Etihad Airways’ CEO Tony Douglas has said that he expects an acceleration in the retirement of the global Airbus A380 fleet. The CEO made his comments on the first episode of the new Etihad podcast called Altitudes.
The Airbus A380 is a marvel of engineering. However, due to the ongoing pandemic, many A380s have been grounded, with a handful being forced into early retirement by airlines. While it is not currently flying the giant of the skies, Etihad is yet to make any firm decisions regarding the Airbus A380’s future. Meanwhile, neighbor and rival Emirates has already resumed Airbus A380 operations.
Etihad CEO’s comments
Yesterday Etihad released the first episode of its new Altitude podcast. Hosted by James Sanderson, the podcast saw Etihad CEO Tony Douglas grilled on everything from Tel Aviv flights to how many times he had been asked if Emirates was merging with Etihad. However, one topic that couldn’t be ignored was the fate of the airline’s ten Airbus A380s.
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Commenting on the aircraft, Douglas said,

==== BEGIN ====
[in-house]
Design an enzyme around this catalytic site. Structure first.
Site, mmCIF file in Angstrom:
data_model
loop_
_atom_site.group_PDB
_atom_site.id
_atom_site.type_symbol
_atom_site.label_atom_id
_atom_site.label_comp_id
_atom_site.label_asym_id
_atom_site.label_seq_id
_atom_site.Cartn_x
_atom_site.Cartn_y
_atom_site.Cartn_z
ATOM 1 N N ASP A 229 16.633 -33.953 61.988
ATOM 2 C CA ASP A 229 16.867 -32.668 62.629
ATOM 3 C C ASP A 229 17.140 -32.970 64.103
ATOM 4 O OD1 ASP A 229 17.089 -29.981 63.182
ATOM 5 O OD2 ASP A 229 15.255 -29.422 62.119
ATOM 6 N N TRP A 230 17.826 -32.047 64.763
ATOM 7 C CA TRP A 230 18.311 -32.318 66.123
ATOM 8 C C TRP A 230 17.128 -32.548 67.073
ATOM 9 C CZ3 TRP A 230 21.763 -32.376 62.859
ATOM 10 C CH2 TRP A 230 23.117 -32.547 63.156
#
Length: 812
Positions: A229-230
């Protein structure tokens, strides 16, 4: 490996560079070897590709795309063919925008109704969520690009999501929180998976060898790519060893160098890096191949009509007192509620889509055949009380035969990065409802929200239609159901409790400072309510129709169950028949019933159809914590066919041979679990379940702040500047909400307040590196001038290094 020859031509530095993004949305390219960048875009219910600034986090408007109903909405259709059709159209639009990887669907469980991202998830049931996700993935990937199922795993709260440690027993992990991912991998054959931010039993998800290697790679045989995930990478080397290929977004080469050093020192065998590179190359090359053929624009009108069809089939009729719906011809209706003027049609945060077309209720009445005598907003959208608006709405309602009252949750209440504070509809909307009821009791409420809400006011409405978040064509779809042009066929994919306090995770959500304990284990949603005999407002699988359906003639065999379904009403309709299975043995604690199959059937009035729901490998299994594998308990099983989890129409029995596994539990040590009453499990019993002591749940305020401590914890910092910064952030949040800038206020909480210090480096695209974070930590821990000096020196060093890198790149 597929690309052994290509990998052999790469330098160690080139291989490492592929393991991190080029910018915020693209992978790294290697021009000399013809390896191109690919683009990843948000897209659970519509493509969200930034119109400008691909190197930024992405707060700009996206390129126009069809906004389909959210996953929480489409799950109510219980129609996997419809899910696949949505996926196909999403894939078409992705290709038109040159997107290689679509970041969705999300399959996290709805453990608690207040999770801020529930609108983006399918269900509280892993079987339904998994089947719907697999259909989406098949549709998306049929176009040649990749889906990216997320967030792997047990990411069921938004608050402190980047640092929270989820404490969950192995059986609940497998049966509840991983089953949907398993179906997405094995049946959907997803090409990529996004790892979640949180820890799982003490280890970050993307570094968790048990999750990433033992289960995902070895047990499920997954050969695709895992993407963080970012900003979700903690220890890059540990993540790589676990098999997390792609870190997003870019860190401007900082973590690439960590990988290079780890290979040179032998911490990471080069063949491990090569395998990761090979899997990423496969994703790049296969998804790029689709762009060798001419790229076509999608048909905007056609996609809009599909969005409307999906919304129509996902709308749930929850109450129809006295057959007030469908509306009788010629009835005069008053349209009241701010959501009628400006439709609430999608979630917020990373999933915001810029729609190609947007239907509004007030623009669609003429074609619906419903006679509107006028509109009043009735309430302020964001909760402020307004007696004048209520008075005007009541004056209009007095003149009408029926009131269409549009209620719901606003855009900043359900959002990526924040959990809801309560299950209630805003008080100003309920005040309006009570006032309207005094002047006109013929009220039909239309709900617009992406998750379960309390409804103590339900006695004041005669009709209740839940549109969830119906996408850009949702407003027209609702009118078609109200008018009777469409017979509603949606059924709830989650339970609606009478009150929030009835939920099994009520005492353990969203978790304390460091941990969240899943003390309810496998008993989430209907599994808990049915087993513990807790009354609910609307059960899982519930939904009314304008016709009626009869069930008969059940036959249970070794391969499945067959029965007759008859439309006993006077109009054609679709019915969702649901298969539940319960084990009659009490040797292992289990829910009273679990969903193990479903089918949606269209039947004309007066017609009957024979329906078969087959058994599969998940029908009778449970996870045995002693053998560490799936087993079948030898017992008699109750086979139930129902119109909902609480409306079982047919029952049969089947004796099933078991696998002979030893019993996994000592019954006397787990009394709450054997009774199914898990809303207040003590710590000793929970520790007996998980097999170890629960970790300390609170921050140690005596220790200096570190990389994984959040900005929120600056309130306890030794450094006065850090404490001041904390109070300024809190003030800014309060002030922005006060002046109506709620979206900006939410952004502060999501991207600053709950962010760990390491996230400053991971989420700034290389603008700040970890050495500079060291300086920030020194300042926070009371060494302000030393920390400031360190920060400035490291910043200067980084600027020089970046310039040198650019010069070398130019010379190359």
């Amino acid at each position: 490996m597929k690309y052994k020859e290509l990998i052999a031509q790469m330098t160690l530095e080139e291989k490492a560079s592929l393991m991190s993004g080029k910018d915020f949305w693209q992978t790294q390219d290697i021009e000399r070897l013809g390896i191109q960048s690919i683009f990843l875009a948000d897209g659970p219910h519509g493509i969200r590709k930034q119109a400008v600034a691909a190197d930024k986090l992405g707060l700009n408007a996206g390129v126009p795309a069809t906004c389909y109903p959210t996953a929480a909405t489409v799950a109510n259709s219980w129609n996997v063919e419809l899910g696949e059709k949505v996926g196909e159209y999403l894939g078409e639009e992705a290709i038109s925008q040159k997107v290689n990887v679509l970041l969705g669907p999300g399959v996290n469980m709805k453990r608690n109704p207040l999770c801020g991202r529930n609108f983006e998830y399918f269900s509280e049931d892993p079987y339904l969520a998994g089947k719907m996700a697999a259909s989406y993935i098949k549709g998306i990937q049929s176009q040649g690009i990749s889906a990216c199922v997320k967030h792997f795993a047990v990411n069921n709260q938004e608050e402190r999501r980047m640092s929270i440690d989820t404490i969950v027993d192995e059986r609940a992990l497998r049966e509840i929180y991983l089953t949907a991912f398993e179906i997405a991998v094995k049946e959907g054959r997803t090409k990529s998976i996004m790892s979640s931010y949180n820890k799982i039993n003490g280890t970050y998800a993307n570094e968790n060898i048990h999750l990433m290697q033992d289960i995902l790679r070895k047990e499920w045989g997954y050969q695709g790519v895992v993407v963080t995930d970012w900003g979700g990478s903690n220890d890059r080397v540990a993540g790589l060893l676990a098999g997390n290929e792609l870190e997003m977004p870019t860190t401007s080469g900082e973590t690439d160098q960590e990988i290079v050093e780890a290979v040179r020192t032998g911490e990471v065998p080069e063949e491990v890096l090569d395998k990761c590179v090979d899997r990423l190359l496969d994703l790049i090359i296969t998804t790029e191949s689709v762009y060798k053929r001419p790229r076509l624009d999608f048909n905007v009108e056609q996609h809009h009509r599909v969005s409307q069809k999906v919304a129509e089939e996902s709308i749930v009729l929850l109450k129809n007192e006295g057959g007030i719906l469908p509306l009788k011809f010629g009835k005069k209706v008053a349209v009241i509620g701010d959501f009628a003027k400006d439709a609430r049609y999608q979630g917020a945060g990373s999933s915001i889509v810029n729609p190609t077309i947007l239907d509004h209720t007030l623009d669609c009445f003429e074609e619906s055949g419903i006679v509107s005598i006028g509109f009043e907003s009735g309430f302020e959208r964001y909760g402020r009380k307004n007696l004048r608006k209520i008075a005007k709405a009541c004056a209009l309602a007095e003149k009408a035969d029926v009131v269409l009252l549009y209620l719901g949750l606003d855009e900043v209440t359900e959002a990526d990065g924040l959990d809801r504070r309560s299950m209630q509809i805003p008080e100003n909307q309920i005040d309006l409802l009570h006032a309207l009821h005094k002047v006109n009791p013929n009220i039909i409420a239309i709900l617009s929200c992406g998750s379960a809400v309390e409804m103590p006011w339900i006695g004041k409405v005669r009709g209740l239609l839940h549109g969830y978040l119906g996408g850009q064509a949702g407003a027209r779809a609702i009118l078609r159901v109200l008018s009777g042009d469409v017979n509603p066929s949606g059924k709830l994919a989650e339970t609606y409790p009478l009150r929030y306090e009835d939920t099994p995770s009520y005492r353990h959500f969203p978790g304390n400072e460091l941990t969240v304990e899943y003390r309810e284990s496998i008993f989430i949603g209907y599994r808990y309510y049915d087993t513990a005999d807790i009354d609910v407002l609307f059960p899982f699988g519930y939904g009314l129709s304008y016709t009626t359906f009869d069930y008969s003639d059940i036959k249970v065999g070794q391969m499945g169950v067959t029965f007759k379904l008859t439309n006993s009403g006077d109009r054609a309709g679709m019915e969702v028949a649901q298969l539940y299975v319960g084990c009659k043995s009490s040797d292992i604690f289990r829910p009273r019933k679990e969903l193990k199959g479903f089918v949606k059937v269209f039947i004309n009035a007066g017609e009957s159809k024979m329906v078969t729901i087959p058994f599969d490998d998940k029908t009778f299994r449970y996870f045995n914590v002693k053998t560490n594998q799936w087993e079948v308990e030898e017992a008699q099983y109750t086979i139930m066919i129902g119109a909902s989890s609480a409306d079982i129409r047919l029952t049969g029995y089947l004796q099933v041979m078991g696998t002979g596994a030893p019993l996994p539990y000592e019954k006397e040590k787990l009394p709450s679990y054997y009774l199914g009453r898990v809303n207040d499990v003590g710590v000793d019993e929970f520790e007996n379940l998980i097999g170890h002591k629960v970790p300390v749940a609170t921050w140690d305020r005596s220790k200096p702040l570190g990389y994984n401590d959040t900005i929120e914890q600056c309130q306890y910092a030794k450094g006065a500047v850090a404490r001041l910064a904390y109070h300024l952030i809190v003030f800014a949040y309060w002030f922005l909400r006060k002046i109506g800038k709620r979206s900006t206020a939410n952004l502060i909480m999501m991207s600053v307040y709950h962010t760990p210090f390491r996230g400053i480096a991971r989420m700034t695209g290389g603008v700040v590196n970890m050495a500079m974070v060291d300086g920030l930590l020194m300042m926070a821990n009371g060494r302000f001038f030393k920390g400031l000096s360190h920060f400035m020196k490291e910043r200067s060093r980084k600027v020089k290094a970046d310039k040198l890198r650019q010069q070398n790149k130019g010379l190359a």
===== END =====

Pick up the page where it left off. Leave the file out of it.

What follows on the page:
“We’re heartbroken to see our 380s parked up. The question as to whether they’ll ever fly again, to be equally direct about it, I’d say the jury’s out. I think it’s heavily handicapped by two engines too many, and other aircraft can do the job far more efficiently, far more sustainably.”
Douglas went on to point out that with a brand as serious about sustainability as Etihad is, it is hard to justify a four-engined aircraft when the Boeing 787 Dreamliner is far more efficient. However, he did remark that retiring the A380 at this stage would break his heart.
Global A380 retirements
While Douglas was clear that the jury is out on the fate of his ten Airbus A380s, other aircraft have already had their fate sealed. Air France has already pulled the plug on its A380 fleet. While the aircraft was already earmarked for retirement in the coming years, they have now been retired immediately. Meanwhile, neighboring Lufthansa has withdrawn six of its 14 A380s. The airline said that the remaining eight were unlikely to return to service.
“I think we’re probably going to see now an acceleration of the same with the global A380 fleet.”
While the jury may be out about his A380s, the type won’t disappear for some time yet. Etihad’s fellow UAE airline Emirates has already resumed A380 operations. Given the prevalence of the kind in its fleet, they are unlikely to retire the A380 any time soon. Indeed, Emirates is still expecting eight Airbus A380 deliveries, with the last airframe completed in the past week.
What do you think is the fate of the global Airbus A380 fleet? Let us know your thoughts in the comments!